Yusef Jadallah wrote in response:
"We're not surprised to hear some Saudis say that Riyadh is more important than Jerusalem. The Saudis are returning to their Zionist origin, which is hostile to Arabs and Muslims. We used to say that the Saudis support us. Unfortunately, the Saudis support Israel publicly."
Another comment from Radwan Al-Akhras, of the Gaza Strip: "This online campaign is aimed at fomenting strife among the Arabs and Muslims. The only ones who benefit from it are the Zionists and those who are trying to be Zionists."
The Palestinians also point to more troubling voices emerging from Saudi Arabia in recent days.
Here, for instance, is what Saudi academic Sa'ad Al-Hussein tweeted on November 25, in reference to the 2007 Fatah-Hamas "reconciliation" agreement:
"History relates that it's the Palestinians who sold out their cause. History is also witness that the Palestinians fought amongst each other and betrayed and violated the Mecca accord."
Again, many Palestinians took to social media to attack the Saudi academic and the royal family in Saudi Arabia. They accused the academic of being "ignorant" and "illiterate" and claimed that his charges were also designed at paving the way for normalization between Saudi Arabia and Israel.
Mustapha Anan, a Palestinian, retorted: "You are a trivial and despicable person; shame on you and your king!"
Another Palestinian, Yusri Yusef, responded:
"What's the secret behind this Saudi smear campaign against the Palestinians? If you [the Saudis] want to make peace and form an alliance with the Zionists, that's your business. But why these unjustified attacks on the Palestinians?"
Echoing the Palestinian public's sentiment, Palestinian political analyst Majed Abu Diak also voiced concern over the apparent rapprochement between Saudi Arabia and Israel. He accused the Saudis of bowing to pressure from the Trump administration.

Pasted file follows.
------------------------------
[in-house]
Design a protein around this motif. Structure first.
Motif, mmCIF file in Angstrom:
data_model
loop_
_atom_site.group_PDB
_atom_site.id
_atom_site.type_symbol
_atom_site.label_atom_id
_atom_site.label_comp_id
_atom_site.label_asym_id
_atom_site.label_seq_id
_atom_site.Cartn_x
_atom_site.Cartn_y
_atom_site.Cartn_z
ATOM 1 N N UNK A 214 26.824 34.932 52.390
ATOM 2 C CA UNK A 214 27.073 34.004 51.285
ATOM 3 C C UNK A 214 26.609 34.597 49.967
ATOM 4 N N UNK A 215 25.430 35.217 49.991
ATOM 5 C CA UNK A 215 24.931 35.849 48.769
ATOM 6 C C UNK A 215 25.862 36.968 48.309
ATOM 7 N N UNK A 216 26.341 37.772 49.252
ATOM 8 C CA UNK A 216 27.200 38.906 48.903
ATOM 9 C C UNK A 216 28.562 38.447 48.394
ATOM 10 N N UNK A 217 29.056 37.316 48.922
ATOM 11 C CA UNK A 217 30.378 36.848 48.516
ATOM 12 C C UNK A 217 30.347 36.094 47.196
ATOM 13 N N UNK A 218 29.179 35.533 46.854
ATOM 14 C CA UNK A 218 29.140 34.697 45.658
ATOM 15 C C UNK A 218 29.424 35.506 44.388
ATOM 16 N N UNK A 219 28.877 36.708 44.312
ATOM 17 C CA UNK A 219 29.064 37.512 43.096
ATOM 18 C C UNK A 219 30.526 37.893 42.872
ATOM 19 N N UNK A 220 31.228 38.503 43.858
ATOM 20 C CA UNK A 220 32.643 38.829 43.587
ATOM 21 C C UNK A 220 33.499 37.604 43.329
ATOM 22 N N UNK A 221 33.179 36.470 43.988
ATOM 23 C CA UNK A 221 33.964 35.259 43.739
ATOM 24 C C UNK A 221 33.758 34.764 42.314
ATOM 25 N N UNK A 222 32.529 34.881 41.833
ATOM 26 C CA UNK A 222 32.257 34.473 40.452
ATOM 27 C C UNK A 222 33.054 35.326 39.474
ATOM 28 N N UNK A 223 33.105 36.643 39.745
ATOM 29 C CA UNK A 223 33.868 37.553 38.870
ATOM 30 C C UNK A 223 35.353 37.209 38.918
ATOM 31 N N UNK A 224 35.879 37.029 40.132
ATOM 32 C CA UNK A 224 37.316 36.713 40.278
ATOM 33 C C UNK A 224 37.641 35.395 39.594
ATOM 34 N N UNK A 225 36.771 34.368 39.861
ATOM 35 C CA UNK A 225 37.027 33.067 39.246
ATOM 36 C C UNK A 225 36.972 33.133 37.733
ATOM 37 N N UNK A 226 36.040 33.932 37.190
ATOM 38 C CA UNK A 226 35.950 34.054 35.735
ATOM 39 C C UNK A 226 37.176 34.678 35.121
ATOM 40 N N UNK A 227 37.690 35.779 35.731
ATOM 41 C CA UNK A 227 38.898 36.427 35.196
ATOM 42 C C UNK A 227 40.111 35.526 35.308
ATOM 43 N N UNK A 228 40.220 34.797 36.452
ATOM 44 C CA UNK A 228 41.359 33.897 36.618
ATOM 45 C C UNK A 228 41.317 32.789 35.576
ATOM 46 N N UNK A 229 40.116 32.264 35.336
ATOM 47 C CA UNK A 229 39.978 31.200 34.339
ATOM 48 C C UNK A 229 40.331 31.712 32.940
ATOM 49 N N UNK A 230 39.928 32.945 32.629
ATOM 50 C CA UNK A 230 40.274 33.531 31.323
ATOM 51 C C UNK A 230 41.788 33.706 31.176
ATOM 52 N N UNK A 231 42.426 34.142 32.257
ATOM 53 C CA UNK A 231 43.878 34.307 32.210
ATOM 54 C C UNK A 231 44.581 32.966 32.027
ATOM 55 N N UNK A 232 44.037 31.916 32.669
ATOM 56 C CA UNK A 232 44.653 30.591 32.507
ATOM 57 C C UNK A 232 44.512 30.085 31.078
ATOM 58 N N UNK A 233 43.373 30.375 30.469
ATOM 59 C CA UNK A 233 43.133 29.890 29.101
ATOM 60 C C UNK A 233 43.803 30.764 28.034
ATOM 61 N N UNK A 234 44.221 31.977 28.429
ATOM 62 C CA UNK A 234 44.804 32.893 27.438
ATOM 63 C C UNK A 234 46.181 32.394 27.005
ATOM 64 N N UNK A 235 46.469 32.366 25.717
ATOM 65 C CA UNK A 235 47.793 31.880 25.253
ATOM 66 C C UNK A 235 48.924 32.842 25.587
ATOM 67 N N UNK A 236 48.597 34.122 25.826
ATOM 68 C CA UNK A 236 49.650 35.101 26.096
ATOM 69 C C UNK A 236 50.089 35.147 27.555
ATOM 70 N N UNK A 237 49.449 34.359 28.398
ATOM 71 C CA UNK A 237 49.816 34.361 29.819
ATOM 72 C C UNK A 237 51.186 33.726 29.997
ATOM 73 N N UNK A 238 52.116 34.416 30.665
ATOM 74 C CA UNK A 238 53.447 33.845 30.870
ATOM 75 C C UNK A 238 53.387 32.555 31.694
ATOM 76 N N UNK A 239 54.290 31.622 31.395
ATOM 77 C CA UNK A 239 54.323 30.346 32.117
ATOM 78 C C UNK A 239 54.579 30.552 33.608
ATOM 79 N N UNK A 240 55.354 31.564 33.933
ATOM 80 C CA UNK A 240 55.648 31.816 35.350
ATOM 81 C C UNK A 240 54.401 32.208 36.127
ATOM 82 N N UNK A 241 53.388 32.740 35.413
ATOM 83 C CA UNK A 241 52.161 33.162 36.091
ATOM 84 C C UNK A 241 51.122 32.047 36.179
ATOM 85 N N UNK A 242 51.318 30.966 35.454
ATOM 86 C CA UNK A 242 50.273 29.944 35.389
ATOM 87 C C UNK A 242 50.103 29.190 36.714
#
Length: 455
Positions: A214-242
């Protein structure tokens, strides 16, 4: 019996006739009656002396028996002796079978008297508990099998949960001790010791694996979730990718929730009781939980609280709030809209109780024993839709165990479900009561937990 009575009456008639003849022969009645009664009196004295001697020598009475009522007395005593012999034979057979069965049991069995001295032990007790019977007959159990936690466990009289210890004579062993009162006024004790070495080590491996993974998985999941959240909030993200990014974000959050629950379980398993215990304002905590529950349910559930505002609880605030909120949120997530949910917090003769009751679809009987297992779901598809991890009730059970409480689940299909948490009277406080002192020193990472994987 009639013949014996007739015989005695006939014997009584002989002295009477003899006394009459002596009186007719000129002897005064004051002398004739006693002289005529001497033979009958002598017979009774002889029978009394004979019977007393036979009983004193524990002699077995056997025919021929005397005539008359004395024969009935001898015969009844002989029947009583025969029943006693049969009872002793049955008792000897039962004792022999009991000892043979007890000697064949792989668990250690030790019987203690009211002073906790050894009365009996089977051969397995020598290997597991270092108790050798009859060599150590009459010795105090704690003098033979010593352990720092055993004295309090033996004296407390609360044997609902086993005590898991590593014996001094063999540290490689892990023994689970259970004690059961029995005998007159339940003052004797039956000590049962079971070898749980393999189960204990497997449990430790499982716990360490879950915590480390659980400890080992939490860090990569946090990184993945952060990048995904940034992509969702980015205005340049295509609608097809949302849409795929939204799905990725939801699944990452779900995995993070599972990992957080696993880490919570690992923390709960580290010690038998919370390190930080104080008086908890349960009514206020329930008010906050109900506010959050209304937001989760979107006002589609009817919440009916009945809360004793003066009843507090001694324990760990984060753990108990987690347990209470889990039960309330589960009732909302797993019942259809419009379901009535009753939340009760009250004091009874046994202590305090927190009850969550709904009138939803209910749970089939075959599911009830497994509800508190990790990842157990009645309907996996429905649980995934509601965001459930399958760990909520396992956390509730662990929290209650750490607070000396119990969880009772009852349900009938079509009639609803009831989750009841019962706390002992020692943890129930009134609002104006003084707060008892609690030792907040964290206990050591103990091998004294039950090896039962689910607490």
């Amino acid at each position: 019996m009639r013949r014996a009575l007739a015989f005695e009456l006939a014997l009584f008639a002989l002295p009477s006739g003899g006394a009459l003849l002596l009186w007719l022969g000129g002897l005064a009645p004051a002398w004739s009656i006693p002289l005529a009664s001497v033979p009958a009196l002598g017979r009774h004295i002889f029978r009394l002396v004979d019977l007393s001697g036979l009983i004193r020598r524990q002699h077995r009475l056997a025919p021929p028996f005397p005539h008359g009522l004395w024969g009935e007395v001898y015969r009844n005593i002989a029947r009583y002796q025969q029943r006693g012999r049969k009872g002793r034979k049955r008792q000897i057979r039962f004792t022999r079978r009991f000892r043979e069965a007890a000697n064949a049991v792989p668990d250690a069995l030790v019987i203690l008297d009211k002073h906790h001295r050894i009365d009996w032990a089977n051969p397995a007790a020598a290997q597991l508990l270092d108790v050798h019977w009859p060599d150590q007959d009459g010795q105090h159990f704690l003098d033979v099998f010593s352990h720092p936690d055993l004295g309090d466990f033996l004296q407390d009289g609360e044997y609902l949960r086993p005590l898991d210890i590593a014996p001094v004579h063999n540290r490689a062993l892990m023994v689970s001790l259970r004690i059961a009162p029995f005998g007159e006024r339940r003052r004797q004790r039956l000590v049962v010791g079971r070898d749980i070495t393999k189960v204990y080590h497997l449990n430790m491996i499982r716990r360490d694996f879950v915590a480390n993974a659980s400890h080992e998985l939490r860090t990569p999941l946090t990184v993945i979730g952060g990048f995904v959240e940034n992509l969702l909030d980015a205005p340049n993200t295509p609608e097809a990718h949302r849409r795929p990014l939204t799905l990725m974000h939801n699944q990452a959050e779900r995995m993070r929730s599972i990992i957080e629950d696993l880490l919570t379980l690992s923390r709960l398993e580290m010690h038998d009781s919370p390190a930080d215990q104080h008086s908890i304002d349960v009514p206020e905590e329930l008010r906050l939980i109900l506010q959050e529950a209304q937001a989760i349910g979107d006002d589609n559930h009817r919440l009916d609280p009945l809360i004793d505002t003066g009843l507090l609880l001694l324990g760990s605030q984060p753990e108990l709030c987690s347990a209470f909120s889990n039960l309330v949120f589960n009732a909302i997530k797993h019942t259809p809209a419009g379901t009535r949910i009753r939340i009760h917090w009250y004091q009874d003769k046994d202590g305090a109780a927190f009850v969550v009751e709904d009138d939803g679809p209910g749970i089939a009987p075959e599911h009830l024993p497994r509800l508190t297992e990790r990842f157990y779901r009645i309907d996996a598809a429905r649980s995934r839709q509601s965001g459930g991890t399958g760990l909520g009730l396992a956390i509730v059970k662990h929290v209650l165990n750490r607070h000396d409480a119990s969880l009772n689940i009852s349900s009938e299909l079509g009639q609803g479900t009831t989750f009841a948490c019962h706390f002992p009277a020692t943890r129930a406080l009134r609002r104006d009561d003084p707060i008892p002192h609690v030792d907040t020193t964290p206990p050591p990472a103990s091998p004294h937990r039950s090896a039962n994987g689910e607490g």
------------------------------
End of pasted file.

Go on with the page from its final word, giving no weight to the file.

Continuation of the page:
"Saudi Arabia and Israel appear to be in a hurry to normalize their relations," Abu Diak claimed.
"The Saudi regime is preparing for Mohammed bin Salman to succeed his father. That's why the regime is prepared to pay the price [to the Americans], which includes normalizing relations with Israel as a way to improve Saudi relations with the US. For Israel, this is an old-new dream of ridding itself of the status of an alien body in the Middle East."
Most Arabs, in fact, do not seem to care about the Palestinian "cause" any more, as pointed out in a previous article, which showed how the Arab League ministers were focusing on Iran and Hezbollah while ignoring the Palestinians.
Many people in the West are not aware that the Palestinians are trying to torpedo any peace initiative in order to blame others.
The Palestinians are crying Wolf, Wolf! -- but only a few in the Arab world are listening to them. This, in a way, is encouraging and offers hope for them finally to be released from decades of repressive and corrupt governance.
These are just some of the challenges Saudi Crown Prince is facing. It is important to support him in the face of attacks by some Palestinians and other spoilers.
The question now is whether the Saudis and the rest of the Arabs have had enough of the great Palestinian shakedown.
Bassam Tawil is a Muslim based in the Middle East.